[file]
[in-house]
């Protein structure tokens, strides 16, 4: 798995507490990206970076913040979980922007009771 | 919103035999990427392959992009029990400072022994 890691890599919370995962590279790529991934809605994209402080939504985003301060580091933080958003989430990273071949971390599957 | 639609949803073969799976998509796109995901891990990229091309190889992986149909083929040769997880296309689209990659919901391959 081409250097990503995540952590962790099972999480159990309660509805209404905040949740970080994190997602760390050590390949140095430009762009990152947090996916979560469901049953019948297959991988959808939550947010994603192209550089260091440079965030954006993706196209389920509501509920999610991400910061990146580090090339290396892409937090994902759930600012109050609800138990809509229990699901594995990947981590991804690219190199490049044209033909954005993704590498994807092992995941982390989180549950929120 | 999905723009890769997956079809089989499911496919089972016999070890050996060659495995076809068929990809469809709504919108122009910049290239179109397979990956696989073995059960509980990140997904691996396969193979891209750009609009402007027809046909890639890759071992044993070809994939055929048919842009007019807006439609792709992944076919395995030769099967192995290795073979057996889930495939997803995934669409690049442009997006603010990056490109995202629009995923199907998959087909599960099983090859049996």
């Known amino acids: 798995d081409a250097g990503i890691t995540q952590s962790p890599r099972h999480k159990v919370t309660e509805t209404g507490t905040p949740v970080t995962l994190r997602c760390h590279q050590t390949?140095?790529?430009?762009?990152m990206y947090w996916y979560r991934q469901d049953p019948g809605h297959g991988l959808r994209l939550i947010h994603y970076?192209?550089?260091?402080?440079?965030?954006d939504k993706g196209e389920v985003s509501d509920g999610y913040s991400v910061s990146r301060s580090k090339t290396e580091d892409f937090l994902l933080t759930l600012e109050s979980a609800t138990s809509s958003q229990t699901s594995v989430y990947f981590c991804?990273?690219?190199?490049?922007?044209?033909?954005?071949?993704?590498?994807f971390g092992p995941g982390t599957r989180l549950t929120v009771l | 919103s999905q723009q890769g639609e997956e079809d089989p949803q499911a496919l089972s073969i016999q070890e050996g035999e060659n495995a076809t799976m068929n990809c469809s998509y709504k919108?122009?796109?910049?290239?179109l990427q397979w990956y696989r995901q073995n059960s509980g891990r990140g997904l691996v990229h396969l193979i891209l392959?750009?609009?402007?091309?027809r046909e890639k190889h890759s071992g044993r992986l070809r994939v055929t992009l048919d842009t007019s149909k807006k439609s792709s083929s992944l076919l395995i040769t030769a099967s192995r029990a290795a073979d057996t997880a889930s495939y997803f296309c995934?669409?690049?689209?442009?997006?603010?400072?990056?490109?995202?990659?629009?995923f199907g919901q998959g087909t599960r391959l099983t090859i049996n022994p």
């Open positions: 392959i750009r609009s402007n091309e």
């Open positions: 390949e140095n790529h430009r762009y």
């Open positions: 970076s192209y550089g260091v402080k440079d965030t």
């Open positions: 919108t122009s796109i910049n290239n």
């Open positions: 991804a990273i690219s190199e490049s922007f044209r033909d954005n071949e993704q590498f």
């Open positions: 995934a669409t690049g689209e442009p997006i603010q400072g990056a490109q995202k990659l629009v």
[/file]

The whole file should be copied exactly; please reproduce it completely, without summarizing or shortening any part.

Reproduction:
[in-house]
């Protein structure tokens, strides 16, 4: 798995507490990206970076913040979980922007009771 | 919103035999990427392959992009029990400072022994 890691890599919370995962590279790529991934809605994209402080939504985003301060580091933080958003989430990273071949971390599957 | 639609949803073969799976998509796109995901891990990229091309190889992986149909083929040769997880296309689209990659919901391959 081409250097990503995540952590962790099972999480159990309660509805209404905040949740970080994190997602760390050590390949140095430009762009990152947090996916979560469901049953019948297959991988959808939550947010994603192209550089260091440079965030954006993706196209389920509501509920999610991400910061990146580090090339290396892409937090994902759930600012109050609800138990809509229990699901594995990947981590991804690219190199490049044209033909954005993704590498994807092992995941982390989180549950929120 | 999905723009890769997956079809089989499911496919089972016999070890050996060659495995076809068929990809469809709504919108122009910049290239179109397979990956696989073995059960509980990140997904691996396969193979891209750009609009402007027809046909890639890759071992044993070809994939055929048919842009007019807006439609792709992944076919395995030769099967192995290795073979057996889930495939997803995934669409690049442009997006603010990056490109995202629009995923199907998959087909599960099983090859049996």
């Known amino acids: 798995d081409a250097g990503i890691t995540q952590s962790p890599r099972h999480k159990v919370t309660e509805t209404g507490t905040p949740v970080t995962l994190r997602c760390h590279q050590t390949?140095?790529?430009?762009?990152m990206y947090w996916y979560r991934q469901d049953p019948g809605h297959g991988l959808r994209l939550i947010h994603y970076?192209?550089?260091?402080?440079?965030?954006d939504k993706g196209e389920v985003s509501d509920g999610y913040s991400v910061s990146r301060s580090k090339t290396e580091d892409f937090l994902l933080t759930l600012e109050s979980a609800t138990s809509s958003q229990t699901s594995v989430y990947f981590c991804?990273?690219?190199?490049?922007?044209?033909?954005?071949?993704?590498?994807f971390g092992p995941g982390t599957r989180l549950t929120v009771l | 919103s999905q723009q890769g639609e997956e079809d089989p949803q499911a496919l089972s073969i016999q070890e050996g035999e060659n495995a076809t799976m068929n990809c469809s998509y709504k919108?122009?796109?910049?290239?179109l990427q397979w990956y696989r995901q073995n059960s509980g891990r990140g997904l691996v990229h396969l193979i891209l392959?750009?609009?402007?091309?027809r046909e890639k190889h890759s071992g044993r992986l070809r994939v055929t992009l048919d842009t007019s149909k807006k439609s792709s083929s992944l076919l395995i040769t030769a099967s192995r029990a290795a073979d057996t997880a889930s495939y997803f296309c995934?669409?690049?689209?442009?997006?603010?400072?990056?490109?995202?990659?629009?995923f199907g919901q998959g087909t599960r391959l099983t090859i049996n022994p």
């Open positions: 392959i750009r609009s402007n091309e």
């Open positions: 390949e140095n790529h430009r762009y």
């Open positions: 970076s192209y550089g260091v402080k440079d965030t």
């Open positions: 919108t122009s796109i910049n290239n």
């Open positions: 991804a990273i690219s190199e490049s922007f044209r033909d954005n071949e993704q590498f």
């Open positions: 995934a669409t690049g689209e442009p997006i603010q400072g990056a490109q995202k990659l629009v």